Pick Up Where You Left Off In Scripted And Modular Inputs
Splunk is really good at knowing what has been read and what is new when dealing with machine data that is on disk (using the fishbucket). However, there is a lot of machine data that does not exist on disk. Some examples of this type of data are 3rd party APIs or in-memory data. In order to get to this data, we often use scripted or modular inputs.
When dealing with scripted or modular inputs, it is important to only get new events or information since the last time the input ran. You don’t want to keep indexing the same events over and over because this will cause index bloat and performance issues. So, you need a way of …
Identifying Zombie, Chatty and Orphan VMs using Splunk App for VMware
Virtualization is difficult to manage given the complex moving parts from storage to networking to hardware. When you have a dynamic VMware environment with Distributed Resource Scheduler (DRS) and High Availability (HA) enabled, Virtual Machine’s (VM) in the environment can transition through multiple hosts and clusters and can potentially become unregistered VM’s. This can lead a VMWare Administrator to loose visibility for these VMs. In addition each VM in a datacenter could cost from a couple hundred dollars into the thousands (http://roitco.vmware.com) based on your environment and infrastructure costs.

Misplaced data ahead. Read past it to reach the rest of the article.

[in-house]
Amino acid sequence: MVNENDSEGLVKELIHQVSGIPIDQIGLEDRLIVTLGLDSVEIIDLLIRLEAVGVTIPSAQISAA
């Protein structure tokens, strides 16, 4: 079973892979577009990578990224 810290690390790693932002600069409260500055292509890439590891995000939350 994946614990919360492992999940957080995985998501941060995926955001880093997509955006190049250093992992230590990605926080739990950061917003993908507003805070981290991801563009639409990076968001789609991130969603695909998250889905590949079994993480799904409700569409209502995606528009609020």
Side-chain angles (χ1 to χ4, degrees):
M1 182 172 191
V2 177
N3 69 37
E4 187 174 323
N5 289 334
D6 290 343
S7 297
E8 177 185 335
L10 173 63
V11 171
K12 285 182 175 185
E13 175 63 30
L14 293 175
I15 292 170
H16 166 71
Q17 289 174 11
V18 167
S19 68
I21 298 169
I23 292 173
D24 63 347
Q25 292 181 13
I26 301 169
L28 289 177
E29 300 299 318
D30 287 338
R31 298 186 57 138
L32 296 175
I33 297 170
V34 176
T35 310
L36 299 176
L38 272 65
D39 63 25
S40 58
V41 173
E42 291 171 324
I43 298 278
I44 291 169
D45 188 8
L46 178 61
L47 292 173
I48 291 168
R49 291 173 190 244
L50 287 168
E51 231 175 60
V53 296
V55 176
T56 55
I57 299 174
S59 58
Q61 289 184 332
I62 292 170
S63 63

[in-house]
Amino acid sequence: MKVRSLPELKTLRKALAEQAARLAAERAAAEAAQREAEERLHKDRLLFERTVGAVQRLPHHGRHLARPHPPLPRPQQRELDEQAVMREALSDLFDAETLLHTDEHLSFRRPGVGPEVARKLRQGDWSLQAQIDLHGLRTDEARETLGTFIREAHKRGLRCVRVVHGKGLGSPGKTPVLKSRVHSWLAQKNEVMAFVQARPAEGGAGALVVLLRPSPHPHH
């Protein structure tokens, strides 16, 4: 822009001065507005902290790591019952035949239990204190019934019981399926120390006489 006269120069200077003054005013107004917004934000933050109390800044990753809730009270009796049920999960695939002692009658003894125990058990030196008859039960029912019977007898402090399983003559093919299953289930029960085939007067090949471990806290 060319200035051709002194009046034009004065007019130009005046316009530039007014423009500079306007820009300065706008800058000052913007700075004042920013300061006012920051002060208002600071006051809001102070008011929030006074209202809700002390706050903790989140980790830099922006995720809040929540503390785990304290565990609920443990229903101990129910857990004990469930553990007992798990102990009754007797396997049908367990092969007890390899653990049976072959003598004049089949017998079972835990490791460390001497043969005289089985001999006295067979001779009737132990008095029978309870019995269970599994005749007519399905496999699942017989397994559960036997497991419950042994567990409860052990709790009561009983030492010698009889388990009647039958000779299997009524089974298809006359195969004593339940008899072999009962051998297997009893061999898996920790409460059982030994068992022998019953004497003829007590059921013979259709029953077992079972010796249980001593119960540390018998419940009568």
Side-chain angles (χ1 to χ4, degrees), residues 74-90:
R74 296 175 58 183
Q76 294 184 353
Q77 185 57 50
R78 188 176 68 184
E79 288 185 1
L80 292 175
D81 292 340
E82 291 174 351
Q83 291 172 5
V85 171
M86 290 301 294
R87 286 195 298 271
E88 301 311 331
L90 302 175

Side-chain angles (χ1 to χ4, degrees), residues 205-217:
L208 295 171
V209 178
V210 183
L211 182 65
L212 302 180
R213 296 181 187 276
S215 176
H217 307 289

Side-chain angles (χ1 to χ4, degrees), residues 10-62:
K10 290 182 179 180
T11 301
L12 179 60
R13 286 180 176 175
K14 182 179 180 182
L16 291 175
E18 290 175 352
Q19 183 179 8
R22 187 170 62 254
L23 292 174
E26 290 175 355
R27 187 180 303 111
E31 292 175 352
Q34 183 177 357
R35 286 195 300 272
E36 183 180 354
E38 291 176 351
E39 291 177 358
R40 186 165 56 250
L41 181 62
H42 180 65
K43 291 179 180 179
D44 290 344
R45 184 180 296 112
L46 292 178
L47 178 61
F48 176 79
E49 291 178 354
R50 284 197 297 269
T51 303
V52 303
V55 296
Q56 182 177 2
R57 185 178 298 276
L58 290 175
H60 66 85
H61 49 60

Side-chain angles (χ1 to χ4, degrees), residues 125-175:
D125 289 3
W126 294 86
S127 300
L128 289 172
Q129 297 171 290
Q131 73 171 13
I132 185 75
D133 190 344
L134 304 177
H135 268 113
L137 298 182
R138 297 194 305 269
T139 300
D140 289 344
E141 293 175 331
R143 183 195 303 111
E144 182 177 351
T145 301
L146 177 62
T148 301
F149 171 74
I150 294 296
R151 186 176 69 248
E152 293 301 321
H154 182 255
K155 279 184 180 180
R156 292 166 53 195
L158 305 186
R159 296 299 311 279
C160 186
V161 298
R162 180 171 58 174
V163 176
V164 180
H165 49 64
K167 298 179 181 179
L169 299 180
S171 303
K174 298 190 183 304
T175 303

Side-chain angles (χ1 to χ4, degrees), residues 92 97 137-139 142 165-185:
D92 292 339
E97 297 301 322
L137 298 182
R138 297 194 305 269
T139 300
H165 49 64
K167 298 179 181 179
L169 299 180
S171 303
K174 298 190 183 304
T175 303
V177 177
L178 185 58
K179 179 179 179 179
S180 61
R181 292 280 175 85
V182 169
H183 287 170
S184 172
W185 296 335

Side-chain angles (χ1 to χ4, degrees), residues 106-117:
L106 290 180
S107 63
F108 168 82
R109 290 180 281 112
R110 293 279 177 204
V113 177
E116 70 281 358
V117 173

In this blog post I will cover three types of VM’s that can exist in your VMware Infrastructure and requires additional attention. The definition of these VM’s vary, but I’m sure …
I’m somewhat of a Heroku fan boy. I’ve been using it for some time because it is just so simple to deploy applications. However, I’ve never really looked too deeply into the logs produced by my apps via the command line.
In this post we’ll look at how you can start Splunking data from apps deployed in Heroku, and some recipes to visualise it using the SPL.…
Splunk Answers is now migrated!
Splunk Answers has just been migrated to a new platform! Read more about the process and goals.
What to expect
You won’t see much in the way of UI changes, but the site underneath will be more stable and more flexible. You should experience faster loading times, more responsive controls, and very importantly, an improved search experience. We will now also have access to new and improved spam blocking features, a much-needed improvement.
The goal of the initial migration is to maintain feature parity with the existing Splunk Answers site. This will help us make sure we don’t break anything you’ve come to rely on. Over time, we will be able to launch new features and improved functionality.
Big data and the business of higher education
There was a nice article published on GovDataDownload today about the potential for big data to impact the business of higher education. The material does a nice job of explaining big data in simple concepts, then cites an excellent example of how it can help the bottom line of a university directly. Perhaps more importantly, the article closes with a mention of big data being used to help with learning analytics by “helping identify predictors and patterns for student success”, which is near and dear to my heart as a former educator.…
Using Flume to Sink Data to Splunk